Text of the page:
Symphony of DestructionThe Thin White LineSymphony of Destruction - RSS 2.0
Certainly, earlier NanaOn-Sha titles like PaRappa the Rapper and Um Jammer Lammy embrace this music-is-everything philosophy. In Lammy, every action, from kung-fu fighting to piloting an airplane is performed by playing a song on the guitar. Play poorly, and the world begins to fall apart like so many props - the music fades, the lights dim. Play well, and everything disappears entirely - all that's left is swirling tie-dye backgrounds, the world transformed through funk into Hendrixian psychedelia. But Vib-Ribbon's stripped-down aesthetic seems to take these ideas of music a step further by turning the standard model of rhythm gaming on its head. Vib-Ribbon moves past the standard way of thinking of music-in-games, giving us instead a game-inside-music. The game's ever-twanging vib-ribbon works as a visual metaphor for the ways in which the system contains the playable CD, and in which Vibri inhabits each looping musical track. I can't help but imagine Vibri as a microscopic figure within the system itself, leaping and jumping along the CD's grooves as the music plays. It's a big idea for such a digitally small game - the notion that with only a touch of creativity and design, something joyous could, with a little nudge, turn into gaming and into play. Music already has us wanting to get up and move. Why not harness that verve, and take it for a ride?
All of this lines-to-music thinking eventually becomes an end in itself. Though the first levels consist only of the familiar blocks, spikes and pits, soon these symbols begin to mix themselves up, into less-recognizable forms. There are zig-zagging pits. Raised blocks with spikes on top. Loop-de-loops with a pit in the center. You're required to recognize these advanced traps as combinations of now-familiar icons. Here, the simple videogame actions of leaping, tumbling and ducking become codified, containing their abstracted meaning if not their literal fact. To someone new to the game, it would seem like meaningless scribbles across the screen. But to the trained eye, they serve as something else: a notation.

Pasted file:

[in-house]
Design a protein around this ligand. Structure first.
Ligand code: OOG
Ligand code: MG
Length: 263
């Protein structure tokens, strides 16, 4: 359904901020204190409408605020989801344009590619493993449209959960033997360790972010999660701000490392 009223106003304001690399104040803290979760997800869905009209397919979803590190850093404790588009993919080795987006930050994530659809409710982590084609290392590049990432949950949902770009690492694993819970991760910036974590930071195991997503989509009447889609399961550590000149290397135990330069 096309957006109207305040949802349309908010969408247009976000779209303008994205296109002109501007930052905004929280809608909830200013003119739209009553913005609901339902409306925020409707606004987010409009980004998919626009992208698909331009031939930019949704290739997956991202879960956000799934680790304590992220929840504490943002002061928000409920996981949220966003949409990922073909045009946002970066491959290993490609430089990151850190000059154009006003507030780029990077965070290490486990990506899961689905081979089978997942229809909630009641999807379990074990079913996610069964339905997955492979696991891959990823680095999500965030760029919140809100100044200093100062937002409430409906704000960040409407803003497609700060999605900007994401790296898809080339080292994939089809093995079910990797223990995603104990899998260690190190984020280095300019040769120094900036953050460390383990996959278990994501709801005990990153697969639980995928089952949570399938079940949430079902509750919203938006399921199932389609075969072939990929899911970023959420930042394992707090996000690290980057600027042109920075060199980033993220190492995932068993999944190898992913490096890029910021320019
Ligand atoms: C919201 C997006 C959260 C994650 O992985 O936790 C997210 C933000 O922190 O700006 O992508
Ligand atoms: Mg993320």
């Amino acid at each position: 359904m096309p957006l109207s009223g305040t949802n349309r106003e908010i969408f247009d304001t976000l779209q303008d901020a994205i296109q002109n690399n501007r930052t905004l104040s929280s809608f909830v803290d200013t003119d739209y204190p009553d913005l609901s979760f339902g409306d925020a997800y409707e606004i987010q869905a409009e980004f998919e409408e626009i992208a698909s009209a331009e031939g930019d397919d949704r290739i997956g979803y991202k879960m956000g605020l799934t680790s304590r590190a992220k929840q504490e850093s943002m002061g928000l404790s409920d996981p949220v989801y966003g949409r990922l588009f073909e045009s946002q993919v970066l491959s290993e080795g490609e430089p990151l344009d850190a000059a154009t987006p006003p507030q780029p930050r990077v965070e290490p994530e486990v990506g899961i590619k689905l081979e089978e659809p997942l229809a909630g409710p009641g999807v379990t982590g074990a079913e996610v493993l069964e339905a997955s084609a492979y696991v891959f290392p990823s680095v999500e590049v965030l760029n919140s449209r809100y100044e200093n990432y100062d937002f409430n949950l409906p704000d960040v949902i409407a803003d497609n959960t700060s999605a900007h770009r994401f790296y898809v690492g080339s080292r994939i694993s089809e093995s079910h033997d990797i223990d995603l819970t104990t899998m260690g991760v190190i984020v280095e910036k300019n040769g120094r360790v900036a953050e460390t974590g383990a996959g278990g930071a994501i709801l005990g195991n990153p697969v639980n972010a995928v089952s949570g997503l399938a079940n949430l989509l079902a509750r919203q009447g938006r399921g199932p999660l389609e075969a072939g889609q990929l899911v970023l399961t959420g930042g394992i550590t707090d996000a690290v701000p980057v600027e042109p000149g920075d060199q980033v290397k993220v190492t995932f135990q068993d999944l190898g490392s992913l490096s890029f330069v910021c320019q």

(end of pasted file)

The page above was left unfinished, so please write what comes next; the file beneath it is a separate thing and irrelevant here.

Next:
At this point, the vib-ribbon is reminiscent of nothing so much as the physical score for a piece of music, albeit written out in a gamer's code of jumps and rolls rather than a signature of sharps and flats. There is that same shift of perspective. When dealing with musical notation, a musician might look at a few bars and instantly recognize Brahms, Beethoven, or Beatles, when the rest of us are stuck gawking at scribbles - it may as well be Swahili. The gist of it is there - we might trace the lines up and down, see stretches of quiet and flurries of activity, and get some sense of the range of the piece. But it isn't until that moment of performance when it is translated into something recognizable, even universal - the moment it becomes song. In the same way, a gamer might look at an extended level full of ledges, spikes and pits, and already have an exit strategy in mind: hop, jump, roll, tumble, out. It's moments like these that inspire Vib-Ribbon, a game fascinated both with music, and the simple kinetic thrill of gamedom itself.
Vib-Ribbon may not communicate music through the brilliant pyrotechnics of other rhythm games, but it speaks in a language all its own. It may be a game in black-and-white, but it is not without color. Lines become song. A song becomes a game. In Vib-Ribbon, music is something conjured from nothing, a thin white line struck across a black field. Something simple but animate, with a life unto itself. Something that jumps for joy.
Brendan Main hails from the frosty reaches of Canada, where they don't actually have snakes: St. Patrick chased them all away. He will see your dum-diddy-dum, and raise you a shoobie-doobie-doobie-doo-waa.